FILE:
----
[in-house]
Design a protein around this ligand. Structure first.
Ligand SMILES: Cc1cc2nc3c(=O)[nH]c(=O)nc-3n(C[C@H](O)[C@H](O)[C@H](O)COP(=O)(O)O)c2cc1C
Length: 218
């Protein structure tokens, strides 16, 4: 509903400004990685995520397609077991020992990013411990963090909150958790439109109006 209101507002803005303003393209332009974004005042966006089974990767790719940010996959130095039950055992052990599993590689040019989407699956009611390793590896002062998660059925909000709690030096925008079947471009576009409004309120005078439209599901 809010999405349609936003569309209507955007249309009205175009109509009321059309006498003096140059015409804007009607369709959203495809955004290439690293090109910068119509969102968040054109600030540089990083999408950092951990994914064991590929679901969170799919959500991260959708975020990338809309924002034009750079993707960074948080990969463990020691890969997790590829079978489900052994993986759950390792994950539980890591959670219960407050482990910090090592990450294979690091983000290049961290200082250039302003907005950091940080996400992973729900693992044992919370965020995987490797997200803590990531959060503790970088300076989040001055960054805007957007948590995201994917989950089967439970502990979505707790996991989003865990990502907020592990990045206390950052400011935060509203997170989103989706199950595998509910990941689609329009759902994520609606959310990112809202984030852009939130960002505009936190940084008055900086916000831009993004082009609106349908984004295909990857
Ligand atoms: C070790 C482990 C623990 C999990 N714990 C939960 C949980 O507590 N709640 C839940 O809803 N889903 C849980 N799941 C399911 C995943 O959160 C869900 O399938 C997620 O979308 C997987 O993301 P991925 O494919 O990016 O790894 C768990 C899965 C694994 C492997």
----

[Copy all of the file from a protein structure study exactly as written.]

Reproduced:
[in-house]
Design a protein around this ligand. Structure first.
Ligand SMILES: Cc1cc2nc3c(=O)[nH]c(=O)nc-3n(C[C@H](O)[C@H](O)[C@H](O)COP(=O)(O)O)c2cc1C
Length: 218
């Protein structure tokens, strides 16, 4: 509903400004990685995520397609077991020992990013411990963090909150958790439109109006 209101507002803005303003393209332009974004005042966006089974990767790719940010996959130095039950055992052990599993590689040019989407699956009611390793590896002062998660059925909000709690030096925008079947471009576009409004309120005078439209599901 809010999405349609936003569309209507955007249309009205175009109509009321059309006498003096140059015409804007009607369709959203495809955004290439690293090109910068119509969102968040054109600030540089990083999408950092951990994914064991590929679901969170799919959500991260959708975020990338809309924002034009750079993707960074948080990969463990020691890969997790590829079978489900052994993986759950390792994950539980890591959670219960407050482990910090090592990450294979690091983000290049961290200082250039302003907005950091940080996400992973729900693992044992919370965020995987490797997200803590990531959060503790970088300076989040001055960054805007957007948590995201994917989950089967439970502990979505707790996991989003865990990502907020592990990045206390950052400011935060509203997170989103989706199950595998509910990941689609329009759902994520609606959310990112809202984030852009939130960002505009936190940084008055900086916000831009993004082009609106349908984004295909990857
Ligand atoms: C070790 C482990 C623990 C999990 N714990 C939960 C949980 O507590 N709640 C839940 O809803 N889903 C849980 N799941 C399911 C995943 O959160 C869900 O399938 C997620 O979308 C997987 O993301 P991925 O494919 O990016 O790894 C768990 C899965 C694994 C492997």